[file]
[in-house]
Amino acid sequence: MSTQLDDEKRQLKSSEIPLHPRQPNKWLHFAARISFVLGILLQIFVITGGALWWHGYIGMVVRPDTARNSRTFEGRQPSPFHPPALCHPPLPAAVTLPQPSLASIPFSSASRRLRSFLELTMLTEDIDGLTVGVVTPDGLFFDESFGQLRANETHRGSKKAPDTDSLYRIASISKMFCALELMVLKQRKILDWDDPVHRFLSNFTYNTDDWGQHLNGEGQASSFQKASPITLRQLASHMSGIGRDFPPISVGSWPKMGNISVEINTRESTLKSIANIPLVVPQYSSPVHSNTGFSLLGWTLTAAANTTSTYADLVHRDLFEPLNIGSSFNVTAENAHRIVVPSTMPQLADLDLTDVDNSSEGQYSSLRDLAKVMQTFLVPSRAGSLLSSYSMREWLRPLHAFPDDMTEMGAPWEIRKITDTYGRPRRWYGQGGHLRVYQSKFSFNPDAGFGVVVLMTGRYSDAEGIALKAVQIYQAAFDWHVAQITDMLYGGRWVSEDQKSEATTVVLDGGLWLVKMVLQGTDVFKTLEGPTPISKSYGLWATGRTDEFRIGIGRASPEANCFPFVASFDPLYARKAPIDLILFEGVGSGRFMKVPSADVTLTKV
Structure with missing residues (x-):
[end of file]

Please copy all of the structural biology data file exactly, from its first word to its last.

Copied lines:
[in-house]
Amino acid sequence: MSTQLDDEKRQLKSSEIPLHPRQPNKWLHFAARISFVLGILLQIFVITGGALWWHGYIGMVVRPDTARNSRTFEGRQPSPFHPPALCHPPLPAAVTLPQPSLASIPFSSASRRLRSFLELTMLTEDIDGLTVGVVTPDGLFFDESFGQLRANETHRGSKKAPDTDSLYRIASISKMFCALELMVLKQRKILDWDDPVHRFLSNFTYNTDDWGQHLNGEGQASSFQKASPITLRQLASHMSGIGRDFPPISVGSWPKMGNISVEINTRESTLKSIANIPLVVPQYSSPVHSNTGFSLLGWTLTAAANTTSTYADLVHRDLFEPLNIGSSFNVTAENAHRIVVPSTMPQLADLDLTDVDNSSEGQYSSLRDLAKVMQTFLVPSRAGSLLSSYSMREWLRPLHAFPDDMTEMGAPWEIRKITDTYGRPRRWYGQGGHLRVYQSKFSFNPDAGFGVVVLMTGRYSDAEGIALKAVQIYQAAFDWHVAQITDMLYGGRWVSEDQKSEATTVVLDGGLWLVKMVLQGTDVFKTLEGPTPISKSYGLWATGRTDEFRIGIGRASPEANCFPFVASFDPLYARKAPIDLILFEGVGSGRFMKVPSADVTLTKV
Structure with missing residues (x-):